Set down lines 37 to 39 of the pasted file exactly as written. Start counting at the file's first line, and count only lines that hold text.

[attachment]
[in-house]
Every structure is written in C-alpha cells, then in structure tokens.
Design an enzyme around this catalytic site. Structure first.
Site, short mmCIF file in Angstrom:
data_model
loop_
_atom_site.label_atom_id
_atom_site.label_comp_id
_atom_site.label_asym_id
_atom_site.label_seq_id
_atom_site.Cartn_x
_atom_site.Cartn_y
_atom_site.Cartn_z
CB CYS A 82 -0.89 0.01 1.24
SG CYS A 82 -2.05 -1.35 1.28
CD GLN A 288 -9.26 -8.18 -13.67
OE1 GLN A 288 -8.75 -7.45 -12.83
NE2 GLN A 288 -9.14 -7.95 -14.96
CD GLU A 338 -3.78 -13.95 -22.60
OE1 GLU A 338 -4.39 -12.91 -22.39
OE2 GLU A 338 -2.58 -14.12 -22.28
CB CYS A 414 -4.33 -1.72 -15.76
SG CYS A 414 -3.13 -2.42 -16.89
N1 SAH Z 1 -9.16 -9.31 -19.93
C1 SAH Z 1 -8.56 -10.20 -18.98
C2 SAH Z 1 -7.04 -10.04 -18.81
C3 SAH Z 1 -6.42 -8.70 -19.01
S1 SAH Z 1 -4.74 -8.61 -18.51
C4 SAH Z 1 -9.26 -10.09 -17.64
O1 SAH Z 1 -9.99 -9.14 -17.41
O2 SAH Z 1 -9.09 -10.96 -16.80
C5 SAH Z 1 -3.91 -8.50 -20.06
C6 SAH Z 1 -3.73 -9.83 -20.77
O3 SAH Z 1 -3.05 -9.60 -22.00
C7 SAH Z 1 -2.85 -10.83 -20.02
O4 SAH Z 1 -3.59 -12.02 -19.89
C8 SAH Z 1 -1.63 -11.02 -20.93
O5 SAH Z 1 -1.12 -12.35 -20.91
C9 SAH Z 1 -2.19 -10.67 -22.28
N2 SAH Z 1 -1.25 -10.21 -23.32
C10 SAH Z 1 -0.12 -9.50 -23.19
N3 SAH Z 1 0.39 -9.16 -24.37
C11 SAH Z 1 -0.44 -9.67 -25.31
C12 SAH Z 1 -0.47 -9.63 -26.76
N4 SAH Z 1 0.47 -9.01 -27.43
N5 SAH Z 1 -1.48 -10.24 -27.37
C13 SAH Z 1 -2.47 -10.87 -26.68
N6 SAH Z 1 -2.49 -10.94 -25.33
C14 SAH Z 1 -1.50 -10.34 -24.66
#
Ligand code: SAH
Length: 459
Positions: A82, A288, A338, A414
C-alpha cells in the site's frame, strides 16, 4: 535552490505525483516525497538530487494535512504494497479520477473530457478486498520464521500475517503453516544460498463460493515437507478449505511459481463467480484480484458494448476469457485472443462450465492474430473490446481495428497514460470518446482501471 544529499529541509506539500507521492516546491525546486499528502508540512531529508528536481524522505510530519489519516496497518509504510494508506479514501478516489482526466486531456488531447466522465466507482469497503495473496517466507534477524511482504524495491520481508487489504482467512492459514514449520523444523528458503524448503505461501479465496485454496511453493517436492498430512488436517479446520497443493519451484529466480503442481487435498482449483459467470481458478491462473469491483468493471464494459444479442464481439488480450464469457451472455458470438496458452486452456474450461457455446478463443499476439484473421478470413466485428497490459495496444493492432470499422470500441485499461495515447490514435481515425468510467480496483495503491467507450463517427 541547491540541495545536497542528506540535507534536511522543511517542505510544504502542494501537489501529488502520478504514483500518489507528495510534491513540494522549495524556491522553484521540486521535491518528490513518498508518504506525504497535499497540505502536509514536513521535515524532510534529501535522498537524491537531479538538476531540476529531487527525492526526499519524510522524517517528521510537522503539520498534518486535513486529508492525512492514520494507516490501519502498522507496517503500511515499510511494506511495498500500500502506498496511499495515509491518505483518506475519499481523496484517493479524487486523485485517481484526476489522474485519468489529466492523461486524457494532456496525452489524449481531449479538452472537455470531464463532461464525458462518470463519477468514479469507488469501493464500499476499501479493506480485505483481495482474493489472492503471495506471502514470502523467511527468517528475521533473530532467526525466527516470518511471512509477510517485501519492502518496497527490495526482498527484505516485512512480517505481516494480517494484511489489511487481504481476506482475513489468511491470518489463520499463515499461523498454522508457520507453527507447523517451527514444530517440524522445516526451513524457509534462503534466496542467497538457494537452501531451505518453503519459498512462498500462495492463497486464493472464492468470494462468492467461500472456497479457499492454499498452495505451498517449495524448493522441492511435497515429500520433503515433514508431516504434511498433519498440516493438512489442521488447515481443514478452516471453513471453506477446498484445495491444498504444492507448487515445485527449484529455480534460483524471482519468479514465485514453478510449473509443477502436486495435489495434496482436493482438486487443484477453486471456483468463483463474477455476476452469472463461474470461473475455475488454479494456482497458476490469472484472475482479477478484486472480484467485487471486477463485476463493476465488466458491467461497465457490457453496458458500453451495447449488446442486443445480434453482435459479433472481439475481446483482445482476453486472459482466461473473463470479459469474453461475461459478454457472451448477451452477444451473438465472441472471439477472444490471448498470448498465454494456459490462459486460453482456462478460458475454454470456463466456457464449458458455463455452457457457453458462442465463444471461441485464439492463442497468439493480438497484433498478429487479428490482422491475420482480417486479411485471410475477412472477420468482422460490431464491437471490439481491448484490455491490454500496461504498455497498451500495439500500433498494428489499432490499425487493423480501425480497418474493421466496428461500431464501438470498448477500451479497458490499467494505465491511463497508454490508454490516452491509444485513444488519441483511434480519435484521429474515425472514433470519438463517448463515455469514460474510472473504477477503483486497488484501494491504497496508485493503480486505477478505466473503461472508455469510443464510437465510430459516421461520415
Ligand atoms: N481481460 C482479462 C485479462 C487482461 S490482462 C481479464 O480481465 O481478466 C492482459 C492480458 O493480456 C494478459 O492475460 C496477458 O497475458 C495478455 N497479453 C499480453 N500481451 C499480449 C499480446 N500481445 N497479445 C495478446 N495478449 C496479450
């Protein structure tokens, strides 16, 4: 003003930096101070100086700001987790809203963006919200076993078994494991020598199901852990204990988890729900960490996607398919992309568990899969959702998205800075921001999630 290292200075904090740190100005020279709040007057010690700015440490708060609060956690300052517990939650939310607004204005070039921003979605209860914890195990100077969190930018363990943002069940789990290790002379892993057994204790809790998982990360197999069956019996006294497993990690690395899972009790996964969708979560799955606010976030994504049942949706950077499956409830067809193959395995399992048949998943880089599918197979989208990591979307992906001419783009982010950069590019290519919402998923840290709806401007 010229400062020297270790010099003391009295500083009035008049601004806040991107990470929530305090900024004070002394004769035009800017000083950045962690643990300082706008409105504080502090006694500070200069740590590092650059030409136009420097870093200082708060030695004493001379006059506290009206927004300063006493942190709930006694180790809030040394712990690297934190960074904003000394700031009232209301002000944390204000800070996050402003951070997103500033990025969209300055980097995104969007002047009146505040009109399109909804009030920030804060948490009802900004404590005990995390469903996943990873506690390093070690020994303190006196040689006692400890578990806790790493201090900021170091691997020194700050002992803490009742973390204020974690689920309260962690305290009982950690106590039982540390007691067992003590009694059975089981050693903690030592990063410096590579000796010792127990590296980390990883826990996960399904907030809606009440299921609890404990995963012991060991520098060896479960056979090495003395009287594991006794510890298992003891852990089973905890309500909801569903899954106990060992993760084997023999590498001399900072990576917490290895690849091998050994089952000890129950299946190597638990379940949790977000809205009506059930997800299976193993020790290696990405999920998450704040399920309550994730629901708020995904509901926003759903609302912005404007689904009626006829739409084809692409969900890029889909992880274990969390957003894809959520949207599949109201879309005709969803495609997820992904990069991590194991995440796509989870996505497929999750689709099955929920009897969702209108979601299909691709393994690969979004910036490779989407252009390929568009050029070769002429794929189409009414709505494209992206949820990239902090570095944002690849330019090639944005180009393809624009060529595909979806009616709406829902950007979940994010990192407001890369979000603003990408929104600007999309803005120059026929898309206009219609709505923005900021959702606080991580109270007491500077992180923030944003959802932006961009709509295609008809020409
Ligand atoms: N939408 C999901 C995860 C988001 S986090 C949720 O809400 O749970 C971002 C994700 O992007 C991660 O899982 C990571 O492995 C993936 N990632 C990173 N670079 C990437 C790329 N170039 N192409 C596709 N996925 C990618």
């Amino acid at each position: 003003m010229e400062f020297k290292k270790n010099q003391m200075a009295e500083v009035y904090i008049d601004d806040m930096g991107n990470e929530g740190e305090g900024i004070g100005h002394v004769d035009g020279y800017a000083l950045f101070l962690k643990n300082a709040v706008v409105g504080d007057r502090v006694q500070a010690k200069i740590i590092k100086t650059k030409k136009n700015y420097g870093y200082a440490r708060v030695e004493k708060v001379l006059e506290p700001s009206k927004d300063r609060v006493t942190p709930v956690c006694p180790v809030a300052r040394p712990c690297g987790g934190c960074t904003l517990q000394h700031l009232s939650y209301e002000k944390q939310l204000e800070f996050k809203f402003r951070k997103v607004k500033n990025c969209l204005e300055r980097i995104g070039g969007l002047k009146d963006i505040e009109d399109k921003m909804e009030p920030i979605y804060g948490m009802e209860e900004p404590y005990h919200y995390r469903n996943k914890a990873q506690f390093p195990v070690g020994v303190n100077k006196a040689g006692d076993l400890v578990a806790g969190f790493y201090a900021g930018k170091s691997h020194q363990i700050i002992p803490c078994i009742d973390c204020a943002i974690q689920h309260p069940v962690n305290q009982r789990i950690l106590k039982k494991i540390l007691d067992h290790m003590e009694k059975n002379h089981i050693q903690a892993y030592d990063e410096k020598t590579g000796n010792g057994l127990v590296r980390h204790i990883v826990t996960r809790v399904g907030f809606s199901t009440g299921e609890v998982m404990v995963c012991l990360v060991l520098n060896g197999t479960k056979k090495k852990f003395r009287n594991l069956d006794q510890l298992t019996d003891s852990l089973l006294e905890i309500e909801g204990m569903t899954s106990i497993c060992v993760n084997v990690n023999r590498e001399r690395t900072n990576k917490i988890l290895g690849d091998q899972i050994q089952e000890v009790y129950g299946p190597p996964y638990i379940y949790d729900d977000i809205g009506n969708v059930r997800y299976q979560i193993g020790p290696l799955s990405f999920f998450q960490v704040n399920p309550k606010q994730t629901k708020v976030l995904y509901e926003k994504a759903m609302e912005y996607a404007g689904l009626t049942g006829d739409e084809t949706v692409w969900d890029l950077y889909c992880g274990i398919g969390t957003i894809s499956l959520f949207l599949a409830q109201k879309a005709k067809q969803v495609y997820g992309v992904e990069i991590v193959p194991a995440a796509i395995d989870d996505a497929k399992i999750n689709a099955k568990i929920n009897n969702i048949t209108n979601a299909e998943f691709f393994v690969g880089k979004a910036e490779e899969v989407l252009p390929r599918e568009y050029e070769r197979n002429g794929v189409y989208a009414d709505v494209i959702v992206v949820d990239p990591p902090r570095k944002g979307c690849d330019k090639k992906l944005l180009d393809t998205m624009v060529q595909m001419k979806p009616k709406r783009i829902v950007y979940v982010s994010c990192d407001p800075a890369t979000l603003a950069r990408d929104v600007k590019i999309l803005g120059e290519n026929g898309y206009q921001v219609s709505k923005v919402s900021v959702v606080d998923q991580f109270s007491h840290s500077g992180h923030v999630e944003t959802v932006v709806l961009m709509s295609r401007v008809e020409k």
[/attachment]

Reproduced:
C8 SAH Z 1 -1.63 -11.02 -20.93
O5 SAH Z 1 -1.12 -12.35 -20.91
C9 SAH Z 1 -2.19 -10.67 -22.28